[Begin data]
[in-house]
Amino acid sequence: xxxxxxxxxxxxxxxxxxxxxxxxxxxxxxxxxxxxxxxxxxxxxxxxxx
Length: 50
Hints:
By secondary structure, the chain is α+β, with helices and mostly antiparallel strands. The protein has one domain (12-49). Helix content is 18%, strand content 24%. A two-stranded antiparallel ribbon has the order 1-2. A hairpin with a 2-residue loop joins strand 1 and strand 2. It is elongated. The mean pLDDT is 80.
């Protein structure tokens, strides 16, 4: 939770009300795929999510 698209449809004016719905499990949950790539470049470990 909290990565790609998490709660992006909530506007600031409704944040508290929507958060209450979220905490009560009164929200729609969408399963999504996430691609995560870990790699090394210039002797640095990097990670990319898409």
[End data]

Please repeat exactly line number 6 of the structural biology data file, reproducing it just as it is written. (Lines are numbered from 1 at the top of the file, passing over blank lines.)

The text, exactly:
């Protein structure tokens, strides 16, 4: 939770009300795929999510 698209449809004016719905499990949950790539470049470990 909290990565790609998490709660992006909530506007600031409704944040508290929507958060209450979220905490009560009164929200729609969408399963999504996430691609995560870990790699090394210039002797640095990097990670990319898409």